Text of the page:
While accuracy level is affected by various elements such as laboratory protocols, equipment and personnel, results remain very consistent and can be corrected when certain factors specific for each laboratory are employed. When a new batch of samples needs to be evaluated, a sample of clean soil similar to the same batch, contaminated with the 418.1 EPA standard at two levels can be added to the batch, thus helping to model the bias for this batch and to calibrate the results. Due to the problematic nature of measuring the 95% octane TPH levels, a PID (Photo Ionization Detector) instrument should be used to accompany each sample to help measure the volatile PHC. Reflectance Spectroscopy performed very well in this study (almost the same as Lab A and Lab C), and should be considered as a tool for field screening due to its very low cost per sample, easy operation, ability to work in field conditions, and the possibility of fast measurements and instant results. Reflectance spectroscopy is a nondestructive environmental friendly method; that when coupled with a PID device (for volatile PHC detection) could be used as an excellent screening tool in the field. When using reflectance spectroscopy coupled with PID, contaminated samples should not elude detection. In general the 418.1 EPA method alone should not be used to grant a “clean bill of health” to any contaminated site, but only as a screening and decision-making tool before more expensive methods are employed. It is strongly recommended that any certified laboratory and method will be improved by using a standard protocol suggested in this study, for calibrating the laboratory results to the real contamination level of the soil. Applying these protocols will assure both intra- and interaccurate, consistent, and comparable results.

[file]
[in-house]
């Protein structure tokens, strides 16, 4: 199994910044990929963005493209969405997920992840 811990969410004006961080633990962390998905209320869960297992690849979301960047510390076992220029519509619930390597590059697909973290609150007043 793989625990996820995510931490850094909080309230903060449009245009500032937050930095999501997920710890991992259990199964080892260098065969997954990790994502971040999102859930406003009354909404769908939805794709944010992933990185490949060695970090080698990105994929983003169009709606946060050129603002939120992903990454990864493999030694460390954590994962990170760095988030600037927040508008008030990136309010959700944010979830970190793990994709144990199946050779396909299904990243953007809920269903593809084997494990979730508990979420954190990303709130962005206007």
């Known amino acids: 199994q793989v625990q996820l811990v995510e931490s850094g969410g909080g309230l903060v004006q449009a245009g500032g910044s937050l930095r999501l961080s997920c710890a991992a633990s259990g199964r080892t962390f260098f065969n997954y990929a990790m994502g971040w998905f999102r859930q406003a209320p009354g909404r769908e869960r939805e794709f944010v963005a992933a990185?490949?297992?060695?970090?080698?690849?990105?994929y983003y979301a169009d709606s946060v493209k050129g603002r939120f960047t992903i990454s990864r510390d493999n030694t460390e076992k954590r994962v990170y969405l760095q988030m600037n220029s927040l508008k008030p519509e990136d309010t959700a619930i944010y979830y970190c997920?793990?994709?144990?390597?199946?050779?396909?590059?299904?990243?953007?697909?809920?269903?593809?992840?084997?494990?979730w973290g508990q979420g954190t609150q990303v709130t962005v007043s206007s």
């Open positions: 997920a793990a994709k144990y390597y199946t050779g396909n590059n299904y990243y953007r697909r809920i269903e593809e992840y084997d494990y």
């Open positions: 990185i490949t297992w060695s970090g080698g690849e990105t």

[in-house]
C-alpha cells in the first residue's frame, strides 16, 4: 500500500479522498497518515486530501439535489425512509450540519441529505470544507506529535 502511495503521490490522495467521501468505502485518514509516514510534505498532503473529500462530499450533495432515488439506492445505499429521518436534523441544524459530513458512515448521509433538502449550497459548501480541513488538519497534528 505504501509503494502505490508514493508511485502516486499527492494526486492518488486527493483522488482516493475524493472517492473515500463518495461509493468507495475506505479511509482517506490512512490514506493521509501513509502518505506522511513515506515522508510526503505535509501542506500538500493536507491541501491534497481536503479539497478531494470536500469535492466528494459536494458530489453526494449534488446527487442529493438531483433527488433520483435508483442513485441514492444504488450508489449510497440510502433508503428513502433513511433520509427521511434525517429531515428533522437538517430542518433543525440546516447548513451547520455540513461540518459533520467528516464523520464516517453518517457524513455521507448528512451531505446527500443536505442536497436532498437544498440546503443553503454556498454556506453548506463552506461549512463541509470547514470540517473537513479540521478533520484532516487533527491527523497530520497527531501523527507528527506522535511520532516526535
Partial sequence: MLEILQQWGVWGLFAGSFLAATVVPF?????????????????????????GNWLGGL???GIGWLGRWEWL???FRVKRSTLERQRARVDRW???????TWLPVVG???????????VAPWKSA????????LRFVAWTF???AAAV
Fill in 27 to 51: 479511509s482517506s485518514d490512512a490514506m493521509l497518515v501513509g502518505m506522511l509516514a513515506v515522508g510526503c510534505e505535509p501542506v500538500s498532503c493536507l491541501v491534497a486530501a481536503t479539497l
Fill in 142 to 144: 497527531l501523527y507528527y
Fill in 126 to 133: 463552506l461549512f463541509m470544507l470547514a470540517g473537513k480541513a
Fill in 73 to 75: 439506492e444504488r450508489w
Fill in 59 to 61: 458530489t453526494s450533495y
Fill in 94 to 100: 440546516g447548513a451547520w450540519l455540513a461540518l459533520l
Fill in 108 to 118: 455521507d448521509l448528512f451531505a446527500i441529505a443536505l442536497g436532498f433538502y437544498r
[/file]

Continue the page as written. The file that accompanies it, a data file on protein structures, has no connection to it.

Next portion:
- M. S. Hutcheson, D. Pedersen, N. D. Anastas, J. Fitzgerald, and D. Silverman, “Beyond TPH: health-based evaluation of petroleum hydrocarbon exposures,” Regulatory Toxicology and Pharmacology, vol. 24, no. 1, pp. 85–101, 1996.
- P. Boffetta, N. Jourenkova, and P. Gustavsson, “Cancer risk from occupational and environmental exposure to polycyclic aromatic hydrocarbons,” Cancer Causes and Control, vol. 8, no. 3, pp. 444–472, 1997.
- G. D. Ritchie, K. R. Still, W. K. Alexander et al., “A review of the neurotoxicity risk of selected hydrocarbon fuels,” Journal of Toxicology and Environmental Health B, vol. 4, no. 3, pp. 223–312, 2001.
- Environmental Sciences Division, Use of Gross Parameters for Assessment of Hydrocarbon Contamination of Soils in Alberta, Oxford, UK, 1993.
- United States Environmental Protection Agency (USEPA), Test Method for Evaluating Total Recoverable Petroleum Hydrocarbon, Method 418.1 (Spectrophotometric, Infrared), Government Printing Office, Washington, DC, USA, 1978.
- United States Environmental Protection Agency (USEPA), Methods for Chemical Analysis of Water and Wastes, Government Printing Office, Washington, DC, USA, 1983.
- G. Schwartz, G. Eshel, and E. Ben-Dor, “Reflectance spectroscopy as a tool for monitoring contaminated soils,” in Soil Contamination, Intech, 2011.
- R. S. G. Gómez, T. Pandiyan, V. E. A. Iris, V. Luna-Pabello, and C. D. de Bazúa, “Spectroscopic determination of poly-aromatic compounds in petroleum contaminated soils,” Water, Air, and Soil Pollution, vol. 158, no. 1, pp. 137–151, 2004.
- J. Krupcík, P. Oswald, D. Oktavec, and D. W. Armstrong, “Calibration of GC-FID and IR spectrometric methods for determination of high boiling petroleum hydrocarbons in environmental samples,” Water, Air, and Soil Pollution, vol. 153, no. 1–4, pp. 329–341, 2004.
- G. Xie, M. J. Barcelona, and J. Fang, “Quantification and interpretation of total petroleum hydrocarbons in sediment samples by a GC/MS method and comparison with EPA 418.1 and a rapid field method,” Analytical Chemistry, vol. 71, no. 9, pp. 1899–1904, 1999.